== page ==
Consciousness and Cognition 15 (3):485-499 (2006)

Abstract
A widespread assumption in recent research on attitudes is that self-reported evaluations reflect conscious attitudes, whereas indirectly assessed evaluations reflect unconscious attitudes. The present article reviews the available evidence regarding unconscious features of indirectly assessed “implicit” attitudes. Distinguishing between three different aspects of attitudes, we conclude that people sometimes lack conscious awareness of the origin of their attitudes, but that lack of source awareness is not a distinguishing feature of indirectly assessed versus self-reported attitudes, there is no evidence that people lack conscious awareness of indirectly assessed attitudes per se, and there is evidence showing that, under some conditions, indirectly assessed attitudes influence other psychological processes outside of conscious awareness. Implications for the concept of “implicit attitudes” are discussed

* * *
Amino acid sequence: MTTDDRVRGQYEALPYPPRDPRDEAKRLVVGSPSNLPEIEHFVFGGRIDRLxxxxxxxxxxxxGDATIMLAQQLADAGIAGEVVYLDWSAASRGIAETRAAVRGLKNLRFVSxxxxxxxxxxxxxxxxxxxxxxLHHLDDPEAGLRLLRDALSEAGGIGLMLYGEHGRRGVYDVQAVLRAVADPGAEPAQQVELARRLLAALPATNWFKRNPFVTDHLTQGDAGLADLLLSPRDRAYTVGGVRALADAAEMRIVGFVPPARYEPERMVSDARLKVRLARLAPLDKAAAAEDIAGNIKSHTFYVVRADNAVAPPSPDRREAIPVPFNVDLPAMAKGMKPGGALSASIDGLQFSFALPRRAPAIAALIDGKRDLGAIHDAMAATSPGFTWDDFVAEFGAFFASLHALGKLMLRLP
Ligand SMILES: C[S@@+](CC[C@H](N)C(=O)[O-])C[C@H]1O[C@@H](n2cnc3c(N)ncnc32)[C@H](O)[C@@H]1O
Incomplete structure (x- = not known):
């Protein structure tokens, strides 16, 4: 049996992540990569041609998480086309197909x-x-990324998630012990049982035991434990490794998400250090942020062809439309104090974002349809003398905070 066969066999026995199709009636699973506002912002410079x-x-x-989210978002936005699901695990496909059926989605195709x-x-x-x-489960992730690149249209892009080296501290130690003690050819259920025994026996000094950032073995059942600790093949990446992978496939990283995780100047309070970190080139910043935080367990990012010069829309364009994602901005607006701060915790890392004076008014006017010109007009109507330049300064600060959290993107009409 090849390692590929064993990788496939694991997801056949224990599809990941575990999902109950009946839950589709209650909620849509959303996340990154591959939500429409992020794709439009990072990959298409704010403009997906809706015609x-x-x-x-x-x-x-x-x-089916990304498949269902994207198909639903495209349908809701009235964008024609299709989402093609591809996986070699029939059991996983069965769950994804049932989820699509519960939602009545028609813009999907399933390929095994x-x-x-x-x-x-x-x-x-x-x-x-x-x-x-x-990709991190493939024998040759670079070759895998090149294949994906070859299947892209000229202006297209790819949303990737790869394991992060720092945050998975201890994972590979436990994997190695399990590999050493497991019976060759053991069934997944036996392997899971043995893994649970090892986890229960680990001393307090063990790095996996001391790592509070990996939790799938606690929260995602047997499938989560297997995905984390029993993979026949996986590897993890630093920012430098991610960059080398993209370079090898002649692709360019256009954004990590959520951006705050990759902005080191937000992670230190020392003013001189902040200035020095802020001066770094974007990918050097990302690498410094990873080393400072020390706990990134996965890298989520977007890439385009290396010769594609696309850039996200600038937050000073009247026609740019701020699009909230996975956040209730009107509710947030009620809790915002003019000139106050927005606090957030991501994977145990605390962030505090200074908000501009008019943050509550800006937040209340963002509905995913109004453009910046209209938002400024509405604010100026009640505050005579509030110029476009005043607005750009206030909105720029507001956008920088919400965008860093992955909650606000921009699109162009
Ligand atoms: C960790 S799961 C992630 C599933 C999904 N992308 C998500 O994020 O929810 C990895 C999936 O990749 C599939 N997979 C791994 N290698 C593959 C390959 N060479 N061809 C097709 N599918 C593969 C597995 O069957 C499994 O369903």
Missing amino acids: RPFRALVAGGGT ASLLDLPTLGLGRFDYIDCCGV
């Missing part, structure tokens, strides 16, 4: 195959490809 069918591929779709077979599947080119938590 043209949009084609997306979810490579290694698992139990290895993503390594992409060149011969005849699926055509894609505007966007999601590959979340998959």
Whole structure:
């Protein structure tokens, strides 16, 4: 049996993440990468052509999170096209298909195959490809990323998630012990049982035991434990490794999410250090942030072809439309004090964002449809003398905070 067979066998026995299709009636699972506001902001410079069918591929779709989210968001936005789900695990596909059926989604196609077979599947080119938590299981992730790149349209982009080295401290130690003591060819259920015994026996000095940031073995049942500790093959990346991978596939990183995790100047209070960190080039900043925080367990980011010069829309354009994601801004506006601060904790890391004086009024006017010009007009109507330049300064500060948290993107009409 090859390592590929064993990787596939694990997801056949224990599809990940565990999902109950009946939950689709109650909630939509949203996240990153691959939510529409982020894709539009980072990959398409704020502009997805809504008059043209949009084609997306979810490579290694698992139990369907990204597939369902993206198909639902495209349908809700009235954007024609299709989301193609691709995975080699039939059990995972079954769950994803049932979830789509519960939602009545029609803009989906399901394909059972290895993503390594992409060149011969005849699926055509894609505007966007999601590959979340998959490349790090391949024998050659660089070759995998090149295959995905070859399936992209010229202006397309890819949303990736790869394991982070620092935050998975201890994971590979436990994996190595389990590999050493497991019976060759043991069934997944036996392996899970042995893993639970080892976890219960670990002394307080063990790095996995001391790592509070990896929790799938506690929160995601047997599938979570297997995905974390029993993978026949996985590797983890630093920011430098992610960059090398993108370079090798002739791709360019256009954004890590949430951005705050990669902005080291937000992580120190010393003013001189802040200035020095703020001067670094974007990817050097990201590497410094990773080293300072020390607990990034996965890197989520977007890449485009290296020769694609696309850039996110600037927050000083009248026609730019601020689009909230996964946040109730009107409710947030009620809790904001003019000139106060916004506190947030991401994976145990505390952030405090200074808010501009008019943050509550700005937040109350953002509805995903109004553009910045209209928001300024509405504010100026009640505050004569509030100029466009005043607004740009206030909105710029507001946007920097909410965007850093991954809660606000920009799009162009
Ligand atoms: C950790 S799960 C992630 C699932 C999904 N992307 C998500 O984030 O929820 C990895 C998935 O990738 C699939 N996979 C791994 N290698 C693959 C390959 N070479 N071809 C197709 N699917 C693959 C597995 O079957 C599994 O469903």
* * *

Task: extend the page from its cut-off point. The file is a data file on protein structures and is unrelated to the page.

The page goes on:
Keywords *Attitudes  *Consciousness States  *Psychodynamics
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DOI 10.1016/j.concog.2005.11.007
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The Empirical Case for Two Systems of Reasoning.Steven A. Sloman - 1996 - Psychological Bulletin 119 (1):3-22.

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